Finally, the EU needs to stay the course and pursue further integration, both economic and political. The ‘United States of Europe’ must be a reliable market domestically with a reserve currency internationally, but also a partner for global stability and security. Further successful EU integration can inevitably produce a global power capable of checking Russian ambition in the region, alleviate poverty and civil unrest in Africa and the Middle East, and champion environmental protection and human rights around the world.

The ‘Arab Spring’ –

Furthermore, everyone monitoring the developments in North Africa and the Middle East can’t help but notice what is common among the revolting populations of the ‘Arab Spring.’ The people of the Arab world have lived for far too long under authoritative regimes and they have recently experience an increase of their economic disparities. The dictators have been the same for the past 30 years (in most of these countries), but what is new is the increase in income disparities heightened by a sudden spike on food prices throughout the region.

The big question about uprisings against corrupt and oppressive regimes in the Middle East isn’t so much why they’re happening as why they’re happening now. Many believe that sky-high food prices have been an important trigger for popular rage. The rise in food prices can be attributed to both inflation in China and global weather developments. China’s overheating economy is leading to inflation, which along with other weather conditions around the world, is contributing to the rise in global food prices. That recent development has put new pressures on the cost of living of citizens around the Middle East, which has contributed to the willingness of the people to “risk everything for a better tomorrow.” What is happening in China is having a direct (intentional or unintentional) effect around the world, including the revolts in the Arab world.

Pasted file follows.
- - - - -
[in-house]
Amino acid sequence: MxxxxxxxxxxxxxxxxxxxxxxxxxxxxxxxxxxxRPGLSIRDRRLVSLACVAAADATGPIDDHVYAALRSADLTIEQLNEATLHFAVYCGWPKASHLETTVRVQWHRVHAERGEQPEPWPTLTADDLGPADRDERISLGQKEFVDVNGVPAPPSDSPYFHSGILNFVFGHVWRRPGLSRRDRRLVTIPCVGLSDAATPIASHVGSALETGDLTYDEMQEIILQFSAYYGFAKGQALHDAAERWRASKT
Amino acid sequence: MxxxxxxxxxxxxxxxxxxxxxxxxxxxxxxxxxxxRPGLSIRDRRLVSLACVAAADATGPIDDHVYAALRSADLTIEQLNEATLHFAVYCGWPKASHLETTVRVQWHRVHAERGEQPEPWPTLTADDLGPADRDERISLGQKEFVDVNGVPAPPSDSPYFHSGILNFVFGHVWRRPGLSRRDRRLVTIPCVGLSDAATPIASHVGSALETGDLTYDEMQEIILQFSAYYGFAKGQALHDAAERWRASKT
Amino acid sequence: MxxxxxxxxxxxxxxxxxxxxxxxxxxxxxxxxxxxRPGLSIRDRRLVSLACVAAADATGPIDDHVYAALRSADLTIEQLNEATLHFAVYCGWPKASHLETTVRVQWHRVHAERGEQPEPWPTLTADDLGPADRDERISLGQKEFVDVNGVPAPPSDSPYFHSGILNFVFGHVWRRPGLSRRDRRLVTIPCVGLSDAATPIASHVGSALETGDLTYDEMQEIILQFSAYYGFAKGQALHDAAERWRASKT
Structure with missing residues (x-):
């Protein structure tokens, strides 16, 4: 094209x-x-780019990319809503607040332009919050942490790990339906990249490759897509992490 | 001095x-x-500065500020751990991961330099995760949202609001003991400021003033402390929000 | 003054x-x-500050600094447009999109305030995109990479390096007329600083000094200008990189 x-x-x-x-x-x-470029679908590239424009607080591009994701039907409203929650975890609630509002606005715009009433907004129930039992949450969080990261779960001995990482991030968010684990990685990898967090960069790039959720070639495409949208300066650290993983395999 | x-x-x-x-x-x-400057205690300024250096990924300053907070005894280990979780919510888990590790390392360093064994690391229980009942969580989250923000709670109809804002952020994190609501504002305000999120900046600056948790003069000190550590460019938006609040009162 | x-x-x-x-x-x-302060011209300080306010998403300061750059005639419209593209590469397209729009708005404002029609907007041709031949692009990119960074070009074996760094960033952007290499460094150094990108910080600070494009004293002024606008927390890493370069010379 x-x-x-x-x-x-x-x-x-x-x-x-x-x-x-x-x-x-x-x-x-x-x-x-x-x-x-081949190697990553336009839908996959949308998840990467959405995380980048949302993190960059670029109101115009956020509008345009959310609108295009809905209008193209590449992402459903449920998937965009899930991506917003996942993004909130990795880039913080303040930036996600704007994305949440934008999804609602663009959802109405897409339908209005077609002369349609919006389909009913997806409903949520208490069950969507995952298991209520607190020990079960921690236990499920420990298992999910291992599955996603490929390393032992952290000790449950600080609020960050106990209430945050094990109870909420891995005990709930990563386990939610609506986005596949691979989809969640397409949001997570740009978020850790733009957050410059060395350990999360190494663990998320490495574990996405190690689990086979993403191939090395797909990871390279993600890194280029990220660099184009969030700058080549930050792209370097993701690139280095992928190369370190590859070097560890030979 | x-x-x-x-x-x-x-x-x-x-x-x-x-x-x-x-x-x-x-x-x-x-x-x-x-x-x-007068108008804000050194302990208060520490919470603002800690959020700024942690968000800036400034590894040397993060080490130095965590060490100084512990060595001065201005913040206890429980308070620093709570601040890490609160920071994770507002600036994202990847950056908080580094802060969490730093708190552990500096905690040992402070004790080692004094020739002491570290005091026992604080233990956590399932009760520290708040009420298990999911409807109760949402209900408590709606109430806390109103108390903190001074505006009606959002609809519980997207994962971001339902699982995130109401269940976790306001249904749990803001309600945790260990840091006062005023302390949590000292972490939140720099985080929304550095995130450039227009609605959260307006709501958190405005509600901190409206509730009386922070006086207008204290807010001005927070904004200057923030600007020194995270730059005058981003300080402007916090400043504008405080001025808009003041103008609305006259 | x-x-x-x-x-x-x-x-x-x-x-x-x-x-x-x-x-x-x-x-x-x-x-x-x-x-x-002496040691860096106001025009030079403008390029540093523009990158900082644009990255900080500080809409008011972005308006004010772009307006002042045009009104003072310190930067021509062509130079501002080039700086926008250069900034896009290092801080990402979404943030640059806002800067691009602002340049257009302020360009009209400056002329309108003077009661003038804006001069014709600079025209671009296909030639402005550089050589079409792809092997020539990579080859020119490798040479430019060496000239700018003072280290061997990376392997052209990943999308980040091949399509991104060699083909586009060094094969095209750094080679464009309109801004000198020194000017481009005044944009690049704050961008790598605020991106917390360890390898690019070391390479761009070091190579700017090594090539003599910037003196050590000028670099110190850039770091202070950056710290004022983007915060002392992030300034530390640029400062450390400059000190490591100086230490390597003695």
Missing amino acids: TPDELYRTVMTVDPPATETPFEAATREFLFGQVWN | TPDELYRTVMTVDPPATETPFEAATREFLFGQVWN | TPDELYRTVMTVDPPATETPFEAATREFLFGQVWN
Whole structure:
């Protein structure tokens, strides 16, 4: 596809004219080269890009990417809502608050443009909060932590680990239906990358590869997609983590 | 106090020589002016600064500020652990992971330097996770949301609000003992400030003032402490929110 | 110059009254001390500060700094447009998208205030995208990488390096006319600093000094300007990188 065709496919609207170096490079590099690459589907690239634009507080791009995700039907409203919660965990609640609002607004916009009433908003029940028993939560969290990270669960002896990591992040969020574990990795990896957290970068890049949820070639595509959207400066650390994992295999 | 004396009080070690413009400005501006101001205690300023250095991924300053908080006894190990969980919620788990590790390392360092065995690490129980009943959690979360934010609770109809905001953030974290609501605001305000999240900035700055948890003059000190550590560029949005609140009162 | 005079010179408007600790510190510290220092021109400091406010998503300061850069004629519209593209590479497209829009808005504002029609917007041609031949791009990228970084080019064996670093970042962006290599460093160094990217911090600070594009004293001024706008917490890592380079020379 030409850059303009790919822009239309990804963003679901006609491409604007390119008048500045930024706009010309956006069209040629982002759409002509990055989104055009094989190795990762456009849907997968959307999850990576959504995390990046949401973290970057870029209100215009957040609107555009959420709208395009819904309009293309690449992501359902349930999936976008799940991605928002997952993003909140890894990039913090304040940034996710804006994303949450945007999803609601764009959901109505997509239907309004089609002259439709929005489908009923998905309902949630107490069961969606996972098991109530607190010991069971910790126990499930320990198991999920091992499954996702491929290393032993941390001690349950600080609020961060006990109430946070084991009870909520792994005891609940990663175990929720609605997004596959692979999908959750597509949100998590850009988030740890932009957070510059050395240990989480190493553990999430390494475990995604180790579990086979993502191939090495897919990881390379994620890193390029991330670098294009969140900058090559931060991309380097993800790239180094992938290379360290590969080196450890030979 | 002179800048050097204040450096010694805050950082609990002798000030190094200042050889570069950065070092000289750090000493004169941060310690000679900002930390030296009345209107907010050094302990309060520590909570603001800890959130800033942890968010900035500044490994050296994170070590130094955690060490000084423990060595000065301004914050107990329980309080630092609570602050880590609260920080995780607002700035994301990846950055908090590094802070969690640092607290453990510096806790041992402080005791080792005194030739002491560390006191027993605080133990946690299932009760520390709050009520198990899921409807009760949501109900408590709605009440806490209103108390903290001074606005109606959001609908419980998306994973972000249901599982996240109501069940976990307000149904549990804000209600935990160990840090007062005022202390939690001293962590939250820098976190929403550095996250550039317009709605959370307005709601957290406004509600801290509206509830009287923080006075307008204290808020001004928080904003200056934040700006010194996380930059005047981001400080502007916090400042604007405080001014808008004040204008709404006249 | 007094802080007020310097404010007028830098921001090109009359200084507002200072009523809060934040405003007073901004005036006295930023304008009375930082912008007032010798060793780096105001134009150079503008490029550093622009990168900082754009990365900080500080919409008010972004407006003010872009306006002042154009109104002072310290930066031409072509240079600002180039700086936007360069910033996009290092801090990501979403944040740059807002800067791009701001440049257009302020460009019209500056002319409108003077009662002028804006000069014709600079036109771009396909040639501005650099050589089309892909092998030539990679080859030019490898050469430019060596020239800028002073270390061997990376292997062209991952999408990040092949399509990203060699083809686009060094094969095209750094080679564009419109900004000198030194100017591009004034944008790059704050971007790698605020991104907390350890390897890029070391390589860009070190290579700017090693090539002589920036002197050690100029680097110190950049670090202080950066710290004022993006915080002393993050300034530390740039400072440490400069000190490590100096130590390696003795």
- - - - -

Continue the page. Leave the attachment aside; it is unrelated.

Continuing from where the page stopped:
Global Economic Interconnectedness –

From the U.S. housing market to the EU’s sovereign debt crisis, and from inflation in China to civil unrest in the Arab world, local developments in the U.S., China and the EU are impacting each other and the global economy in dramatic fashion. The economies of the U.S., the EU and China, are interconnected in a way that their respective growth and prosperity are directly linked to each-others successes and failures. Global cooperation will be mandatory for future growth, and failure by either one of the big three (U.S., EU and China) to understand the symbiotic nature of the global economy and focus only on their domestic problems will be detrimental to the global recovery.

The next few years will be very critical to the global economy and world prosperity. Will China’s rise damage recovery efforts in the West, or will slower demand in the West doom China’s efforts to grow? Will U.S. and EU cooperation facilitate the ‘Arab Spring’ and usher in a new era for human rights and development in the region? Will China help support the Euro, or will the European sovereign debt crisis cause a second global financial crisis? OR will the big three see that only through cooperation they can grow the ‘global economic pie,’ protect the environment, stabilize global financial and currency markets, and nurture the citizens movement in the Arab world?

So far, the indications are not very promising for global cooperation. Stay tuned…


About Nasos Mihalakas

I am an Assistant Professor of International Business and Government policy, and a former U.S. Government policy analyst. I have over nine years of experience with the U.S. government as a trade policy analyst, and U.S.-China trade relations. I have worked for both a Congressional Commission advising Congress on the impact of trade with China and for the U.S. Department of Commerce investigating unfair trade practices. However, my education has been on constitutional and comparative law, with an LLM from University College London, and a JD from the University of Pittsburgh. Currently I am writing a book on the evolution of Federalism in the U.S., and the application of Federalism as a form of governance around the world. You can contact me at: